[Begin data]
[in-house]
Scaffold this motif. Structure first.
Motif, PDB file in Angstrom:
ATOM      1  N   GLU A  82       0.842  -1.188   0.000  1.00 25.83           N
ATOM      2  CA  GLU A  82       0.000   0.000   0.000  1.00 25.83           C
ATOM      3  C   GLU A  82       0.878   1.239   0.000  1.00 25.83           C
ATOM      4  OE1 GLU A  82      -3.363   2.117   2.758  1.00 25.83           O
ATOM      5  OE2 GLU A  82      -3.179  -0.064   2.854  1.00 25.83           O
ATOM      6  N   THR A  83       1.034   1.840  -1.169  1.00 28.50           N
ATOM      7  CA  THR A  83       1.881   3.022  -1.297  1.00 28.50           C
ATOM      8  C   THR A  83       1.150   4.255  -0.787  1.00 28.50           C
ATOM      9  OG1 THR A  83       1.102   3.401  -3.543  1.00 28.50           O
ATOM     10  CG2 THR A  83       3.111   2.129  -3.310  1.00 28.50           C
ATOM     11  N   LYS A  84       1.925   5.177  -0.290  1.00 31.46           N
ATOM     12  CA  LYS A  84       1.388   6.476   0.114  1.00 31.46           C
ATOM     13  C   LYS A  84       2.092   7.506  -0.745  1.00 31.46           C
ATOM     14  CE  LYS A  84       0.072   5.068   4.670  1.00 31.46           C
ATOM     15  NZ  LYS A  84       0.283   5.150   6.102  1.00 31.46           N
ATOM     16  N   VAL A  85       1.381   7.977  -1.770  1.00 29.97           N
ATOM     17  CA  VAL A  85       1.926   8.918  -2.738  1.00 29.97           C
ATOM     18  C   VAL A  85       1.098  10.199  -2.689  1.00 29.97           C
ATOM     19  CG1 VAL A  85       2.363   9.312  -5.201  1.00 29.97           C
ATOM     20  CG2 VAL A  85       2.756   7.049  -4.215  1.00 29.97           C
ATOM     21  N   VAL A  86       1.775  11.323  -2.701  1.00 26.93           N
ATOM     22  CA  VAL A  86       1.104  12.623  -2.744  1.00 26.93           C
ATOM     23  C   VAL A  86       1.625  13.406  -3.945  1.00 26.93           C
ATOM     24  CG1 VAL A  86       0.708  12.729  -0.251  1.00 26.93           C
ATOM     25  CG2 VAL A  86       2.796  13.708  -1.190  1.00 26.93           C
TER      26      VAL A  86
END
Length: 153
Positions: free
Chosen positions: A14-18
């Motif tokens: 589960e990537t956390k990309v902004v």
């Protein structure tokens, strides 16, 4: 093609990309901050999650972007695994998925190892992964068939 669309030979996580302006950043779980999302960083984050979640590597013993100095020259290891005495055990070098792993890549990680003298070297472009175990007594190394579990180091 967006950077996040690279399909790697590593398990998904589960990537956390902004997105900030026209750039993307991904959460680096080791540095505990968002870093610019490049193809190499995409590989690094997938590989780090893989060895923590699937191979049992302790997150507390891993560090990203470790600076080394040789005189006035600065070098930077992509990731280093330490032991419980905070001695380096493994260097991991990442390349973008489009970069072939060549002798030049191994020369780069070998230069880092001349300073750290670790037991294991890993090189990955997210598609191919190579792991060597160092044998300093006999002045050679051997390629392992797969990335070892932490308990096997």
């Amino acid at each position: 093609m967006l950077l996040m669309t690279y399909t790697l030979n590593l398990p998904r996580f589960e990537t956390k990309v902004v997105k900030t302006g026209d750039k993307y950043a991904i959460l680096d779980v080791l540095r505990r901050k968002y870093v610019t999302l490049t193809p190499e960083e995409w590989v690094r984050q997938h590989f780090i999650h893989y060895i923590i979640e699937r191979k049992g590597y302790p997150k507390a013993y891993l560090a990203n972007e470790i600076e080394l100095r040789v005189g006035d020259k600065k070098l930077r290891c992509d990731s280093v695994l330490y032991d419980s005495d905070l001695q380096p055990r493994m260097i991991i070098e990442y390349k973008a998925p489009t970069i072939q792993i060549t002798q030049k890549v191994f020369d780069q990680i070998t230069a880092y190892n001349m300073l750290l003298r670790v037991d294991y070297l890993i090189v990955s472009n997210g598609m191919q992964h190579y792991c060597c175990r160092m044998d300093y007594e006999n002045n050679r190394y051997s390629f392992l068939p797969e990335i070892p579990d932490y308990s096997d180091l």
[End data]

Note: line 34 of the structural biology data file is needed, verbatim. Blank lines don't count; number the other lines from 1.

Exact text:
């Motif tokens: 589960e990537t956390k990309v902004v």